One of the hardest part of being an Autism parent is to discuss sex education with their kids as they near adulthood. Intimacy, indeed, is part of being human. While some kids with autism may have difficulty forging such intimate relationships with others, it cannot be denied that there are also some who, particularly in their adolescent years, want to learn how to navigate between what sex and sexuality truly means. It is an inherent right for individuals to learn about sex and in a far broader sense, about sexuality, but how can we make sure that we communicate to them the right thing?
Over the years, reports of sexual abuse as well as exploitation have risen in the autism communities across the globe. Many kids with autism have become victims of unscrupulous individuals who do nothing but prey on innocent, unsuspecting kids, teens and even adults on the spectrum. These predators see autism as a weakness and exploit such to satisfy their evil acts. It’s a scary thought reading about kids being made sex slaves by their carers. Even some adults with autism are known to be pushed on a corner, some of them left to believe that such cruel acts are “normal”.
The sad thing is that– sex education is often left hanging in schools. Studies since 2012 had stated that adolescents on the spectrum know less about sex and sexuality than their peers. The same people are also known to have less access to sex education either in school or at home. Some parents and even school personnel seemingly find it taboo to discuss such matters with kids on the spectrum. As an offshoot, they learn it somewhere else and at a devastating consequences.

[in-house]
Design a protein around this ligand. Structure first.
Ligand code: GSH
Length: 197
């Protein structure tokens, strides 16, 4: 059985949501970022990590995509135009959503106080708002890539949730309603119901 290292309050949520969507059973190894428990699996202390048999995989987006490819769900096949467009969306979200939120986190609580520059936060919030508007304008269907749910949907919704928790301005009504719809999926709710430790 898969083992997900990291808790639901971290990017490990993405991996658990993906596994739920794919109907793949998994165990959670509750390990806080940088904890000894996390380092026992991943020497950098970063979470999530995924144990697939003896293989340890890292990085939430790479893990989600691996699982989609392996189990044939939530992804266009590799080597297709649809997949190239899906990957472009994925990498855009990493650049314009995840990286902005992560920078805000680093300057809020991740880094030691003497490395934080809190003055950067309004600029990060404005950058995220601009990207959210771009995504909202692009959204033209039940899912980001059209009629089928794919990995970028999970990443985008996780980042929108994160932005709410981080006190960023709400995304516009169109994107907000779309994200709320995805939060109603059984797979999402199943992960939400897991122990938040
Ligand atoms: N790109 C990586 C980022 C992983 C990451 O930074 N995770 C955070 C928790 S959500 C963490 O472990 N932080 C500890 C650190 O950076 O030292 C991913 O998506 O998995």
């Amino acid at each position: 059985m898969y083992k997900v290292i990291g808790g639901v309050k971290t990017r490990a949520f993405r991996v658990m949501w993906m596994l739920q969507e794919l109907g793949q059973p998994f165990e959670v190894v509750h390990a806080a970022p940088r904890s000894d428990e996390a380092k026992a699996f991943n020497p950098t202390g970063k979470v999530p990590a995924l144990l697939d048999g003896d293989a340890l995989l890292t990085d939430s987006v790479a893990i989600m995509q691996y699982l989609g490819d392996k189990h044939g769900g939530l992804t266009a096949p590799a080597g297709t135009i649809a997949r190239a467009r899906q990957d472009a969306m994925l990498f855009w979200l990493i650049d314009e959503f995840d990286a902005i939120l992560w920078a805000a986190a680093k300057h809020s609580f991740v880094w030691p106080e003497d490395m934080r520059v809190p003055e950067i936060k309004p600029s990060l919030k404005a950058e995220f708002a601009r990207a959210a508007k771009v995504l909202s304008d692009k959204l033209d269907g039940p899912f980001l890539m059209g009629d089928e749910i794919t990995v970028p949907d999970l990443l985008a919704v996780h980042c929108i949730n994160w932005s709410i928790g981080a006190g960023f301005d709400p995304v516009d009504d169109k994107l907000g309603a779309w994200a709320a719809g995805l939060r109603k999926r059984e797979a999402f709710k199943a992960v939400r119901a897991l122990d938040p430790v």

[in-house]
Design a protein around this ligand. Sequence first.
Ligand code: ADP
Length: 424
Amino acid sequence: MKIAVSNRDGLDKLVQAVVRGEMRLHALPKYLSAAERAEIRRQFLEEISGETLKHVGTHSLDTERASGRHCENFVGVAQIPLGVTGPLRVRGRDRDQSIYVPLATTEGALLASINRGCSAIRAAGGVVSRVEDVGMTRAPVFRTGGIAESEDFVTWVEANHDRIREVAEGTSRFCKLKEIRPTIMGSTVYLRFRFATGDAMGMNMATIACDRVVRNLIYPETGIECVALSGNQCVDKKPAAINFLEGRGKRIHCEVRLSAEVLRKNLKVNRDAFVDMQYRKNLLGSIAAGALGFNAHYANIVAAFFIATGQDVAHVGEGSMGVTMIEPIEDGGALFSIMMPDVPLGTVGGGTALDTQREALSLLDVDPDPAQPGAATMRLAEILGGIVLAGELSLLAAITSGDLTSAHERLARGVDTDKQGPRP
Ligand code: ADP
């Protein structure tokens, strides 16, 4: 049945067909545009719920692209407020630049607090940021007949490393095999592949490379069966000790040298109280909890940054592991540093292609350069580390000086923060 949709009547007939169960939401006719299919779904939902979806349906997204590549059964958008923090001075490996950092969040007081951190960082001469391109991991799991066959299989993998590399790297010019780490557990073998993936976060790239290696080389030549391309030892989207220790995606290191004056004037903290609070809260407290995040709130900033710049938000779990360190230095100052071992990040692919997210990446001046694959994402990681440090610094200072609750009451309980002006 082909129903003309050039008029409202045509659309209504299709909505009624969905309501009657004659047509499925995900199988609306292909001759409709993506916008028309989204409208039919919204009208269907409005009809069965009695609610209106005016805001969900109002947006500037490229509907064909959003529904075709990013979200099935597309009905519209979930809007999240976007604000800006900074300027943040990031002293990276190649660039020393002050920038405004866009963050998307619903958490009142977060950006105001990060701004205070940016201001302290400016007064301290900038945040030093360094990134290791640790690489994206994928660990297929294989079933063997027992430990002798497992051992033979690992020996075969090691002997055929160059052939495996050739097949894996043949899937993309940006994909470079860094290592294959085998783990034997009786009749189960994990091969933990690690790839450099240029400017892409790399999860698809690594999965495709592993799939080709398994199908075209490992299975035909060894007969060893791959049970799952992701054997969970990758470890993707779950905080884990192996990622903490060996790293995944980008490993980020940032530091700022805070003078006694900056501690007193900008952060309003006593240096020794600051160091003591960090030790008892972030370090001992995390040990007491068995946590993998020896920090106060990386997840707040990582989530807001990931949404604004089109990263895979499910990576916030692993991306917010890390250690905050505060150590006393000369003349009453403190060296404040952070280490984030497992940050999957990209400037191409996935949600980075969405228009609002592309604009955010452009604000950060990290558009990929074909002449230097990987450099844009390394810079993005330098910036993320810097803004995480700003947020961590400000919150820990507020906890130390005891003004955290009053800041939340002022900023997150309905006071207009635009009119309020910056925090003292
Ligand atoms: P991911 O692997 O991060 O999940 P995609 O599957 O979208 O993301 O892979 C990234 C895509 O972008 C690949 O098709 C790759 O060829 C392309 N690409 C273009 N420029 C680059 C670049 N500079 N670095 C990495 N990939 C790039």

Of The Birds and The Bees
As autism parents with a young adult at home, we strongly espouse a more open and more tailored approach to adding sexual education to the list of courses discusses with young individuals with autism. It is high time that children and teens with autism outgrow the “birds and bees” theory. Sexuality must be discussed in depth touching not only on safe sex but also on gender sensitivity, structural differences, social innuendos, and communication. Kids must be thought how to decode certain innuendos and languages ascribing t sex. Most importantly, they must learn further what is right from malicious to downright lewd. Of course, those who are in the right age must also be taught how to express themselves to potential partners to help foster safe and confident relationships.
Sex education in autism is as important as teaching our kids social skills. We can’t be there for them forever. At some point, they will outgrow our cuddles and butterfly kisses. They will one day want to learn about sexual innuendos and it is only fitting that they learn it first from us parents and from school authorities. Keep in mind that studies have always pointed out that children with autism who received sex education are less likely to fall victims to sexual predators. It must also be clarified that those who had been educated with it tend to engage in sexual relations at a later age. Let’s demand it from our authorities and let’s be involved in ensuring that our kids (whether with autism or not) learn about what comprehensive and medically accurate sex education truly entails. Because quite frankly, we’re failing on this particular aspect right now.
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